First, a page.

Bob pays $1000 to Chuck, who deposits the cash in Bank X, which now has 2 $1000 liabilities: 1 for Allen’s deposit & 1 for Chuck’s deposit. Banks X has a $1000 asset (Chuck’s cash) and a $1000 loan asset (loan to Bob).

    There may be an infinite chain of deposits turned into loans, however, AT ANY GIVEN POINT IN TIME in this simple example, there is never more than $1000 available for lending: a deposit must occur BEFORE the next loan can be made.

    • bungee says:

      I see what you’re saying.
      See my above response to wolf and let me know If it doesn’t make sense.

      • Javert Chip says:

        Wolf is a black-belt finance guy who has a knack of decomposing & explaining complex topics like yours.

        My reading of your hypothetical is it’s composed of a number of highly complex topics, some of which are unrelated and somewhat misstated (fractional reserves, gold standard, synthetic money, cash liquidity plus a couple others).

        One hypotheticals you seem to be struggling with is even in a very healthy bank (with 100% performing loans), almost all depositor’s physical cash (a bank asset) is gone (it’s been loaned out, also a bank asset); however, the bank retains the obligation (a bank liability) to repay depositors. If the tiny statistical possibility that 100% of depositors demand their cash actually came to pass, the Fed is chartered to provide the bank with the required physical cash.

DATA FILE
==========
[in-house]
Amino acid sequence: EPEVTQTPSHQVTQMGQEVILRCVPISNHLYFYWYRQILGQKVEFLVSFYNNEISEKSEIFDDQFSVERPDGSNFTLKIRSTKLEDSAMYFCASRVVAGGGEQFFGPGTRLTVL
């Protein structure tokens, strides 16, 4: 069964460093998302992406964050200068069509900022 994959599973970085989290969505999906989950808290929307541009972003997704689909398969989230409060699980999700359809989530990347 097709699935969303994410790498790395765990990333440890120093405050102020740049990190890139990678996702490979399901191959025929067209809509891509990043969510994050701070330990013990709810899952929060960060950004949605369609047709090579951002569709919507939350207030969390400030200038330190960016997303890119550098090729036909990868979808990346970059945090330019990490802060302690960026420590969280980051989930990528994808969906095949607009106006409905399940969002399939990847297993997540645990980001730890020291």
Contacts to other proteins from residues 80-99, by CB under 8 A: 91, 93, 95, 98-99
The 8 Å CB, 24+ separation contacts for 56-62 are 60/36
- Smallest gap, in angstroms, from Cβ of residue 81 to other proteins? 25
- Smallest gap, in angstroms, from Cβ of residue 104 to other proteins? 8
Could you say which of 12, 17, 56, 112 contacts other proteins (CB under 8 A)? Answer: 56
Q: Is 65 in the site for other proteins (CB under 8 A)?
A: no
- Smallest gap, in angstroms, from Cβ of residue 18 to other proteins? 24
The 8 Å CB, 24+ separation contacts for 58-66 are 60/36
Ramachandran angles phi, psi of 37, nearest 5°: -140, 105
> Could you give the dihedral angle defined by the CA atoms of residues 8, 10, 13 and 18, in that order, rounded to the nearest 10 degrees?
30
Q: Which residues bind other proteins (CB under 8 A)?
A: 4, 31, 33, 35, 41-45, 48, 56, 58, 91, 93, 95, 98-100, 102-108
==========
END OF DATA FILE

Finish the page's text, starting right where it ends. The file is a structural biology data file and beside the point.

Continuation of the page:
This Fed cash comes from other routine Fed activities (aggregating other bank reserve deposits), and would have to be paid back. Loans could either be called in early or sold approximately at par (we’re assuming 100% performing loans).

        • bungee says:

          Hi Javert Chip,
          Thanks for the response.
          “Wolf is a black-belt finance guy who has a knack of decomposing & explaining complex topics like yours”.
          Totally why I sharpen my worldview here.
          “If the tiny statistical possibility that 100% of depositors demand their cash actually came to pass, the Fed is chartered to provide the bank with the required physical cash.”
          This gets to the root of the problem that laypeople on this site (like me!) and experts are having, and that is with the idea of clearing. In Wolf’s hypothetical to me he describes a situation that NEVER clears. The tiny, statistical possibility of everyone cashing-in is the system trying to clear. But laypeople (like me again!) are suspicious of a system that cannot clear. The analogy often used is musical chairs – the fed supplying new chairs is of little comfort. It’s why some advocate for a return to a gold standard (def NOT me) because the system theoretically clears perfectly.